I was curious about this book after reading excerpts and enjoying Alex Witchel’s pieces in the New York Times. She’s an excellent reporter and keen observer of people. In “All Gone,” she reports on and observes – with both love and anguish – her own mother, who suffers from dementia.
Though Witchel has siblings, she was the daughter who lived nearby, didn’t have young children, knew how to find the best doctors, was utterly devoted to her mother and always had been. But as she discovered, being a caregiver isn’t for the weak-willed. It can consume you if you let it.
Witchel paints a fully realized portrait of her mother – a woman who had a career even when it wasn’t fashionable, a woman who valued intelligence above all else, a woman who, like most Jewish mothers, wanted her daughter to marry well and have kids.
We follow her mother’s decline – from the memory lapses to the mystifying behavior – as well as Witchel’s own journey into adulthood, excelling in school, blossoming as a writer, marrying the Times‘ Frank Rich (now with New York magazine), becoming a stepmother to his sons.
I related to Witchel’s story in so many ways as I’m sure anybody with a parent suffering from cognitive impairment will. My 95-year-old mother is still pretty sharp – i.e. if she catches you saying “Between you and I,” she’s quick to correct. She walks on the treadmill and goes to her book group and has the best vocabulary in the entire world, but she has memory lapses, becomes disoriented when trying to process information, and asks the same question a million times. Fortunately, she has a big help in Sandy James, caregiver extraordinaire, who lives with her and makes sure she’s healthy and socially active.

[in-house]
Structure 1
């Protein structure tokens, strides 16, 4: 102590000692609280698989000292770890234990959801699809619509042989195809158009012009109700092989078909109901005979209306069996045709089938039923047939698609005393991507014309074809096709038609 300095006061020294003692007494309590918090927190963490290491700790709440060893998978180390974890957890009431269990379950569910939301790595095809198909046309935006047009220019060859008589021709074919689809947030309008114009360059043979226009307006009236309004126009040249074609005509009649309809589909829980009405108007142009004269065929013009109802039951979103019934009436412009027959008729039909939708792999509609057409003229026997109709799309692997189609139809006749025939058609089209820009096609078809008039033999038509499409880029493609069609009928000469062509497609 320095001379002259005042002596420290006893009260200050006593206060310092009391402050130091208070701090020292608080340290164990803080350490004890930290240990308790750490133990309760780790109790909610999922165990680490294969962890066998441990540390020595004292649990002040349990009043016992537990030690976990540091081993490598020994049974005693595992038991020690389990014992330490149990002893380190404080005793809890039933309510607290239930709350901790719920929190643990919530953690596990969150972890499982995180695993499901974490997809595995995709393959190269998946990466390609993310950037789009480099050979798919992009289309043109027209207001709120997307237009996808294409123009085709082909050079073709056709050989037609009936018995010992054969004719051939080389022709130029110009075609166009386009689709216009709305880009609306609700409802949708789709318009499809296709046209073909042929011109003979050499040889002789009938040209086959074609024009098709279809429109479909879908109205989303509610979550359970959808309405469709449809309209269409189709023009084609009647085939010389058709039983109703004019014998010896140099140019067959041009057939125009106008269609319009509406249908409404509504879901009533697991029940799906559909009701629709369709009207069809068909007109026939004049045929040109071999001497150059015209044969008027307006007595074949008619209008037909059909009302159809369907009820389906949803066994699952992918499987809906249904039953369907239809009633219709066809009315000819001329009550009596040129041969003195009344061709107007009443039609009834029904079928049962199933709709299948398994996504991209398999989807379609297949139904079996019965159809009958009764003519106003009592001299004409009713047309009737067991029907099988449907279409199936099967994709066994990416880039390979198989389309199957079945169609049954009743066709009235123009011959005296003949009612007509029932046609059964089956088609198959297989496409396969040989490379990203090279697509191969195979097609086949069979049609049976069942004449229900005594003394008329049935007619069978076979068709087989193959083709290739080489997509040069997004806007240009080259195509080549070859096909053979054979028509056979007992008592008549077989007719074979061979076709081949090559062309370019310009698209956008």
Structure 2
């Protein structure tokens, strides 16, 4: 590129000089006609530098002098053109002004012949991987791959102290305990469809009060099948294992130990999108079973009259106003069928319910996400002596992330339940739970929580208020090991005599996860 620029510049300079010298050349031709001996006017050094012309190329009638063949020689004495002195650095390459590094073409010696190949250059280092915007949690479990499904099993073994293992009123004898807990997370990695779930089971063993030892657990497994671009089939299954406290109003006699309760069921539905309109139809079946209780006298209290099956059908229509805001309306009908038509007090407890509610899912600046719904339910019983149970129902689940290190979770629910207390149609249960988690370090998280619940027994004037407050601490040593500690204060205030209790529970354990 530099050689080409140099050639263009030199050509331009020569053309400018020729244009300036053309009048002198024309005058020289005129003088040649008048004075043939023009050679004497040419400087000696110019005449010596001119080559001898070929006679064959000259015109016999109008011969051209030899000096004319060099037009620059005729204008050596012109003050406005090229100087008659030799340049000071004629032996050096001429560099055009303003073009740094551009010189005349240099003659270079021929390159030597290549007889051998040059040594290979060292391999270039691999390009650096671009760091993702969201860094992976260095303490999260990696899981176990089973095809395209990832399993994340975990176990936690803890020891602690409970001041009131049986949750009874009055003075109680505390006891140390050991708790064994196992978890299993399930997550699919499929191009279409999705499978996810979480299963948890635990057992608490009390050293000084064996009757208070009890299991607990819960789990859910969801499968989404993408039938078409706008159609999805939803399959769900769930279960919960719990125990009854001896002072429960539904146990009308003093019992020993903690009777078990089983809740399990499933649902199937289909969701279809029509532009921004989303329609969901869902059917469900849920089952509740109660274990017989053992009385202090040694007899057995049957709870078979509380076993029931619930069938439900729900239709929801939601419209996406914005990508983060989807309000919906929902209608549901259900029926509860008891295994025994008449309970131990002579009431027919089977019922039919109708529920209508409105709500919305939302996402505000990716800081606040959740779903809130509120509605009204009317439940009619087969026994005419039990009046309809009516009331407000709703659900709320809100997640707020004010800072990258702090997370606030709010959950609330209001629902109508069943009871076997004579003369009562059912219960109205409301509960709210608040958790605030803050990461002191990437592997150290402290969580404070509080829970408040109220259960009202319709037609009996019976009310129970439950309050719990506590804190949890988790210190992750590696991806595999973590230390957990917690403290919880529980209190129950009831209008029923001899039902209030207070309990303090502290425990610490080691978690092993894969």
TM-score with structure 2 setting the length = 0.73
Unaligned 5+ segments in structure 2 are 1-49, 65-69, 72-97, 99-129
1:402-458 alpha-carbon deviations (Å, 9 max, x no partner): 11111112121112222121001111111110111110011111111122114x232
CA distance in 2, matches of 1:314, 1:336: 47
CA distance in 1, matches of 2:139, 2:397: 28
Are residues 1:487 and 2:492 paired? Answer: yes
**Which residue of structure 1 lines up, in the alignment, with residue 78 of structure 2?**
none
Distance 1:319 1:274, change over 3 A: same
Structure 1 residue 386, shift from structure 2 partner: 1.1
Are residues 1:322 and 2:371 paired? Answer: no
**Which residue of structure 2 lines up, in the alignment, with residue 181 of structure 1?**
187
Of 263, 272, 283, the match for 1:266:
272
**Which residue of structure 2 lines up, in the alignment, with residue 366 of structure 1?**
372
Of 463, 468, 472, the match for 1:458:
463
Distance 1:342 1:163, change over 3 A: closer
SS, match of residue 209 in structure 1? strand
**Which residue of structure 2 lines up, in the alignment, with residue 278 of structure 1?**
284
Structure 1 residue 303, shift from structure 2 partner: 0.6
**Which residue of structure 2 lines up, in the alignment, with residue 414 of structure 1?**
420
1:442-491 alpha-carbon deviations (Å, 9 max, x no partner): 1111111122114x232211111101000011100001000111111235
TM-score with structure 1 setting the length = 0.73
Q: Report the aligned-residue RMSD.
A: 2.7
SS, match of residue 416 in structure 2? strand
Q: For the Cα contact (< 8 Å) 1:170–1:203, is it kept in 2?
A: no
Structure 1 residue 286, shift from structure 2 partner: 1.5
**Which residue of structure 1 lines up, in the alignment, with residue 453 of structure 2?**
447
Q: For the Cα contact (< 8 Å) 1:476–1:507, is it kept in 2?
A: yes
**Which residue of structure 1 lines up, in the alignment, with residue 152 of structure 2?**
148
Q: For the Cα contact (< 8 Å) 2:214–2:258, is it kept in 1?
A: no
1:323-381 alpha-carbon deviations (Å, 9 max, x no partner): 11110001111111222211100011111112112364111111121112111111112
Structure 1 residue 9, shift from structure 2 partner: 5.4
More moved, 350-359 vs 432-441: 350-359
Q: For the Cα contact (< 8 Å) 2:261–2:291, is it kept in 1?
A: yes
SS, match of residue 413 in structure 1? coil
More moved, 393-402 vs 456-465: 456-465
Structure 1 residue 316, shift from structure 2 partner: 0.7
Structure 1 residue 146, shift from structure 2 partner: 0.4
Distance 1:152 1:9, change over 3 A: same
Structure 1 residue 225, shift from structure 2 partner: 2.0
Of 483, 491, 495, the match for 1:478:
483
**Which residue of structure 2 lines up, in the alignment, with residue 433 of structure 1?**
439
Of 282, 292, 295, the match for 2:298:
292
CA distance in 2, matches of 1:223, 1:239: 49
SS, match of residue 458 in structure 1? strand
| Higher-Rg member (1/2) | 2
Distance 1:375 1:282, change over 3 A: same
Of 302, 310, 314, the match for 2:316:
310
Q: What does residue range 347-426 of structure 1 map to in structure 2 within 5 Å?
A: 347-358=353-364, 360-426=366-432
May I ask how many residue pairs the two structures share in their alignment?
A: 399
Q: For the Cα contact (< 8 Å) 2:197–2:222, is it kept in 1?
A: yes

I love that Witchel included recipes in her book. They’re the connection she still has with her mother and they give what could have been a downer of a story some levity. Her touchstone is her mother’s meatloaf. Mine is Mom’s stuffed cabbage.
As a caregiver, I appreciate it when others share their stories, warts and all. We all make mistakes in our efforts to “fix” our loved ones, but it’s reading about the lessons learned that’s most satisfying. “You’d Better Not Die or I’ll Kill You” is full of my lessons learned. I’m eager to share them when it goes on sale in a few weeks.
Next up on my Kindle: “Where’d You Go, Bernadette,” the new novel by Maria Semple. It’s hilarious and I’m loving it so far.